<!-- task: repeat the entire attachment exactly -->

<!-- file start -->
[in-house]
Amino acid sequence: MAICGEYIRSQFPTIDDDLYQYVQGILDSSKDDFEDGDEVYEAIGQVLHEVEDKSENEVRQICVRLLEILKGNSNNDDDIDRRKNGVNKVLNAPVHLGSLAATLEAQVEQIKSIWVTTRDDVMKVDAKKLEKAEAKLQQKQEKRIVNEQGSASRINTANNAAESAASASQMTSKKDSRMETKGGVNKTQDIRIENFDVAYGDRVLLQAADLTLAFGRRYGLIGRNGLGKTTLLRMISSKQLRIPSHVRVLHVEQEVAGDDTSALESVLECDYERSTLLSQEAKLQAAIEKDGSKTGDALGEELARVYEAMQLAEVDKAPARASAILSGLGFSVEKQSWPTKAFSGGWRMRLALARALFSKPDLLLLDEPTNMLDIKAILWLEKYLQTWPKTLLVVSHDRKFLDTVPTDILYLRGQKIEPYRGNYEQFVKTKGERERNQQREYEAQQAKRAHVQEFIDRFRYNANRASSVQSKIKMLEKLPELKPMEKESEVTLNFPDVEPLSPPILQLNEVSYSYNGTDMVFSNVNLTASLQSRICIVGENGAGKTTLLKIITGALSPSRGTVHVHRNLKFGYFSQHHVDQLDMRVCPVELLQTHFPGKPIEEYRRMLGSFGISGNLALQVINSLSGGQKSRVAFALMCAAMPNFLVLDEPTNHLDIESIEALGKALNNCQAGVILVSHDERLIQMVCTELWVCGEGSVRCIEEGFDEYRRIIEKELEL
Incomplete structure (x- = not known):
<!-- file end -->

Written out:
[in-house]
Amino acid sequence: MAICGEYIRSQFPTIDDDLYQYVQGILDSSKDDFEDGDEVYEAIGQVLHEVEDKSENEVRQICVRLLEILKGNSNNDDDIDRRKNGVNKVLNAPVHLGSLAATLEAQVEQIKSIWVTTRDDVMKVDAKKLEKAEAKLQQKQEKRIVNEQGSASRINTANNAAESAASASQMTSKKDSRMETKGGVNKTQDIRIENFDVAYGDRVLLQAADLTLAFGRRYGLIGRNGLGKTTLLRMISSKQLRIPSHVRVLHVEQEVAGDDTSALESVLECDYERSTLLSQEAKLQAAIEKDGSKTGDALGEELARVYEAMQLAEVDKAPARASAILSGLGFSVEKQSWPTKAFSGGWRMRLALARALFSKPDLLLLDEPTNMLDIKAILWLEKYLQTWPKTLLVVSHDRKFLDTVPTDILYLRGQKIEPYRGNYEQFVKTKGERERNQQREYEAQQAKRAHVQEFIDRFRYNANRASSVQSKIKMLEKLPELKPMEKESEVTLNFPDVEPLSPPILQLNEVSYSYNGTDMVFSNVNLTASLQSRICIVGENGAGKTTLLKIITGALSPSRGTVHVHRNLKFGYFSQHHVDQLDMRVCPVELLQTHFPGKPIEEYRRMLGSFGISGNLALQVINSLSGGQKSRVAFALMCAAMPNFLVLDEPTNHLDIESIEALGKALNNCQAGVILVSHDERLIQMVCTELWVCGEGSVRCIEEGFDEYRRIIEKELEL
Incomplete structure (x- = not known):